'Sharpie parties' deface foreclosed homes
Summoned by social media, gangs of young people vandalize houses during alcohol-fueled gatherings.
Vandalism of vacant homes has been one of the curses of the foreclosure crisis.
In California, authorities are reporting another rash of what are called "Sharpie parties," big boozy parties in which young people deface vacant homes.
At least a few of the gatherings, named for a brand of markers, apparently were inspired by the movie "Project X," in which a party gets out of hand and results in damage to one of the hosts' home. We didn't find any references to foreclosure or Sharpies in the descriptions of the film, and we're not sure how the vandalism got that label.
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"The Sharpie party is the newest twist here," Larry Morse, the district attorney in Merced County, Calif., told Reuters. His office has investigated at least six such events.
The parties are announced on Facebook and Twitter, which helped police in Merced County arrest three young men earlier this month who are accused of doing major damage to a home from which the family of one man had been evicted.
"For someone to commit these flat-out destructive crimes on a property, for them not to think they were going to get caught eventually is just ridiculous because of the number of people that are out there taking video and posting pictures," Wayne Hutton, an investigator with the Merced district attorney's office, told The Merced Sun-Star.
The vandalism isn't confined to writing on the walls. Revelers have also smashed holes in walls, trashed carpets, pulled off doors, destroyed appliances and left other damage. While this doesn't appear to be a widespread trend, a handful of other such parties caused serious damage to foreclosed homes in Florida, Texas and Utah.
Nationwide, thousands of foreclosed homes have been damaged by acts of vandalism that didn't involve parties, social media or catchy names. Some of the damage has been done by owners angry over the foreclosure.
The homes need to be repainted anyways--
The whole deal is wrong for sure but it's not like these homes are in pristine condition to begin with.
Reading some of these comments its no surprise we ended up in this mess. If you really think that banks want to foreclose on people, you are an idiot. They want people to pay the loans that they agreed to. There is nothing greedy about expecting a person to honor a bargain that they agreed to in the first place. I can't believe the amount of posts thinking that bankers are out to destroy lives. You people are really stupid.
I don't understand how it is the bank's fault if you made the decision to buy something then couldn't afford it. I guess it is the same reason it is the governments fault for you not being able to buy everything you want in life, or your boss's fault for you not being president of the company, or your mother's fault for your eating disorder...
I suppose just because it is a bank, they have unlimited money and can afford to take massive losses by allowing you to make partial payments on your already insanely low interest 30 year loan. Of course if it were YOUR money, it would be an entirely different story.. If your employer came to you and said it has been a bad year and you have to get paid partially for a while until things get better, there would be anarchy.. but since it is the banks with their unlimited money, it should be a law that they have to take partial payments.. FOR SOMETHING YOU AGREED TO PAY FOR..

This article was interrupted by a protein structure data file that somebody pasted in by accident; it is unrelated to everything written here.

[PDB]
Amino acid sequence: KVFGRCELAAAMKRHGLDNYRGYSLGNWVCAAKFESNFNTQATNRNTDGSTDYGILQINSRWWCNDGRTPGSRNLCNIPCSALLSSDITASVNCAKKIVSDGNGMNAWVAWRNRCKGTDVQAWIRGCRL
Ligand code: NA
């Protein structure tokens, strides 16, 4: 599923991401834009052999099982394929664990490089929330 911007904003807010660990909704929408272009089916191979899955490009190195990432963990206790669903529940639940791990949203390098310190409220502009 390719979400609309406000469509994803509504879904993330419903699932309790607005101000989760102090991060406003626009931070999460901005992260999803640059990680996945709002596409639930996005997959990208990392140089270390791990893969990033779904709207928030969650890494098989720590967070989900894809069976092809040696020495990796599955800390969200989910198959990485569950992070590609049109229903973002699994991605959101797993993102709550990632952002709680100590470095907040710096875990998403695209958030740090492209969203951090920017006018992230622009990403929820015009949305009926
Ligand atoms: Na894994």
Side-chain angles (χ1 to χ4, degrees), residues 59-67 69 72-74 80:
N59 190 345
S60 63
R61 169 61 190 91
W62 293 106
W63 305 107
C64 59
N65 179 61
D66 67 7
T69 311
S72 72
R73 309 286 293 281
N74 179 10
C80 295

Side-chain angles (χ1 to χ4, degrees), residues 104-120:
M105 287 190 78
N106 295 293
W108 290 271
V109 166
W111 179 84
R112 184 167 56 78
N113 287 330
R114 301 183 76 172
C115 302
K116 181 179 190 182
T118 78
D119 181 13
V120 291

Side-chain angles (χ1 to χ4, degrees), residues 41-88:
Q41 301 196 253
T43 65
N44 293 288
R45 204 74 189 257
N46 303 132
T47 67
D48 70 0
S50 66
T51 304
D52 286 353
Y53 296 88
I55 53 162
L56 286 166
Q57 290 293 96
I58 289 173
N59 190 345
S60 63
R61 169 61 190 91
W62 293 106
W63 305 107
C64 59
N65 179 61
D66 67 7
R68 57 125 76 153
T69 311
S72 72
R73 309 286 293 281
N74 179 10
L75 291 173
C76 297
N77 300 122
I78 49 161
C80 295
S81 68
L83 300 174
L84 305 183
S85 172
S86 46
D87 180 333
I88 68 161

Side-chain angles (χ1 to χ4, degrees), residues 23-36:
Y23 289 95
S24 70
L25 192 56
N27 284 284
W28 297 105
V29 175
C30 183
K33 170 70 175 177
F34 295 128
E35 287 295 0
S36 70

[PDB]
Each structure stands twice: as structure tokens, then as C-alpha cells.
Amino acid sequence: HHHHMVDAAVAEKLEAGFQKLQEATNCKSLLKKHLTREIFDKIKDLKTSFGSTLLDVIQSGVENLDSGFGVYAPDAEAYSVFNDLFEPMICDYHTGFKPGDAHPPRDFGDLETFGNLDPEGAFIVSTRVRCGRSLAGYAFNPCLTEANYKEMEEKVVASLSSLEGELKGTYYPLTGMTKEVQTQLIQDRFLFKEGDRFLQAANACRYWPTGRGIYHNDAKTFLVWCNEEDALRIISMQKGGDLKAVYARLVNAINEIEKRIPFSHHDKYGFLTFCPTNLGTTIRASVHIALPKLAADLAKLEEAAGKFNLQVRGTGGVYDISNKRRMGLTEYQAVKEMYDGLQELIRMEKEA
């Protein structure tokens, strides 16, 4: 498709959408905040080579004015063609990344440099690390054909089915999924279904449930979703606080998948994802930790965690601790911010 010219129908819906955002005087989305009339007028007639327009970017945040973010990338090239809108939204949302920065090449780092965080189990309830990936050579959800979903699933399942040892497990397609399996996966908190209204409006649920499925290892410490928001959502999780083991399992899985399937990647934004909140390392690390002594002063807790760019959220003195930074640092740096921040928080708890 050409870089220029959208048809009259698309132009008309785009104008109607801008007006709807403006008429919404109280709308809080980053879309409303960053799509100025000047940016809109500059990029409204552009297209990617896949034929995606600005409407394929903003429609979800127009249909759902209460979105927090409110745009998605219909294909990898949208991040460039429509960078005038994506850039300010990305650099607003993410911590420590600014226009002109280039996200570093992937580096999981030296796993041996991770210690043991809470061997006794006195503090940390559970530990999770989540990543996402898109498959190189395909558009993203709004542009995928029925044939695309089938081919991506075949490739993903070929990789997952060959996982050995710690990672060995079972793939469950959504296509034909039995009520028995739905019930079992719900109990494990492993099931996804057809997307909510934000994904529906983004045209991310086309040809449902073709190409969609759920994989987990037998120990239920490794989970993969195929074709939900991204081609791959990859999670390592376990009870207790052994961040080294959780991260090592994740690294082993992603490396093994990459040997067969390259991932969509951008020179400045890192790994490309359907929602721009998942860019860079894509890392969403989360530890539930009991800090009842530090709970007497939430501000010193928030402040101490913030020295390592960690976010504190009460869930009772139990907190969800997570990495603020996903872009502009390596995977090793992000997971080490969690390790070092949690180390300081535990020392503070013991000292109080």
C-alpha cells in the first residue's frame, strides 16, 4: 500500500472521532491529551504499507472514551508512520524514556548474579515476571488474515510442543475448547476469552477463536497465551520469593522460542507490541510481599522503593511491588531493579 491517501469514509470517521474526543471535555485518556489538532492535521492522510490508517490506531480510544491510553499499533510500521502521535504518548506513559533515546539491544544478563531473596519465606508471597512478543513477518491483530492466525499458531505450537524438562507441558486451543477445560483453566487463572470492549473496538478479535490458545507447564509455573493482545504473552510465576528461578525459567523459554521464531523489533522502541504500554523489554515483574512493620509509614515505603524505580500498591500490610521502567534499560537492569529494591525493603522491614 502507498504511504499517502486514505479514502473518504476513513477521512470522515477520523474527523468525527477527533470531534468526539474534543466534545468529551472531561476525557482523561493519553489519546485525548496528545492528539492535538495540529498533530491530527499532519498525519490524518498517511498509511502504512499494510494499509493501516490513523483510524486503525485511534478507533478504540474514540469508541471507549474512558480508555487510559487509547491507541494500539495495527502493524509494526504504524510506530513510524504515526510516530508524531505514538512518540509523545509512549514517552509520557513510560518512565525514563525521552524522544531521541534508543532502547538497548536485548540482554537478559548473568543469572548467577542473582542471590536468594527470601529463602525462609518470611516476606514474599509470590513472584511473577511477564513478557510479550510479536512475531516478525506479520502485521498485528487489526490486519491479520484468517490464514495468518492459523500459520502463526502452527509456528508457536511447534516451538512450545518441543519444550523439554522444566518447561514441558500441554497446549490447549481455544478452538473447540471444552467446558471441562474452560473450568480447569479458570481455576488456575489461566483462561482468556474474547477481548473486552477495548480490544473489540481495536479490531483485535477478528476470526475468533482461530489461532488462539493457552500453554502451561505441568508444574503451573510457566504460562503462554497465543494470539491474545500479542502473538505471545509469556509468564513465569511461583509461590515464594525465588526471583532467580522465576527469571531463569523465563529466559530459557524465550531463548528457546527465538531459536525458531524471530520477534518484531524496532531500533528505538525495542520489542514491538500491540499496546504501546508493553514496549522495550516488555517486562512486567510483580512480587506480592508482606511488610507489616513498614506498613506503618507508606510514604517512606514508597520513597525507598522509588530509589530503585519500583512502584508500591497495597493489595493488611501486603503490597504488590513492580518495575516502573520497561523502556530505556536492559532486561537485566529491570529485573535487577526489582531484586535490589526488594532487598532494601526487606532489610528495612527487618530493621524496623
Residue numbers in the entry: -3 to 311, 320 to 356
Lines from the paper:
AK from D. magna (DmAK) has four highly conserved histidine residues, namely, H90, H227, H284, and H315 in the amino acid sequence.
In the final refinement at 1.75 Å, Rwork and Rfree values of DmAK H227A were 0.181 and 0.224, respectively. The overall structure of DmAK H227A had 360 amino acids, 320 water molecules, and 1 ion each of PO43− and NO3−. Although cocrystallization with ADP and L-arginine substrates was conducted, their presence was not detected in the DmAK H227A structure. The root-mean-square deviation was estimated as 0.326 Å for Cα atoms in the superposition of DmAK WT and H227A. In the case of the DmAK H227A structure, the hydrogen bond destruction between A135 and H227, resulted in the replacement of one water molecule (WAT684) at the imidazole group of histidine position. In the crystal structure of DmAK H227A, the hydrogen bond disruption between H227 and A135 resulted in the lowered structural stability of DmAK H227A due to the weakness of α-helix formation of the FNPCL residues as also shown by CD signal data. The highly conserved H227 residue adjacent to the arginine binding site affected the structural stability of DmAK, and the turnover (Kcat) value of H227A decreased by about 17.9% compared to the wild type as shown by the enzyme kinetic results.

And no, stripping a house of its value by selling off the things that would be sold with it under normal circumstances is NOT OK.. It DOESN'T belong to you, you borrowed money on it and until that money is paid in full, it is NOT YOUR HOUSE! You can't sell it without the permission of the bank, in part or in full, unless you can pay off your mortgage first. People walking away from a house to allow foreclosure are probably going to never be held accountable for it.. sure, their credit will be trashed, and sure they might get a judgement against them for it, but they still won't pay, and even if they eventually do, the bank is already out so much money from fighting it legally that they still lose out big. In the end, the banks have to make up the losses elsewhere, and that means higher rates and higher fees for everyone.. including small businesses, who rely on banks to make up for slow cash flow all the time, which means layoffs, downsizing, and lower wages.. good job people, you just screwed yourselves over, but at least you "stuck it to the big banks" right?
These ****ers will "grow up" to become the next wave of the Occupy Movement.
let the owners STAY in their houses and accept what they can afford to pay....
About Teresa Mears
Teresa Mears is a veteran journalist who has been interested in houses since her father took her to tax auctions to carry the cash at age 10. A former editor of The Miami Herald's Home & Design section, she lives in South Florida where, in addition to writing about real estate, she publishes Miami on the Cheap to help her neighbors adjust to the loss of 60% of their property value.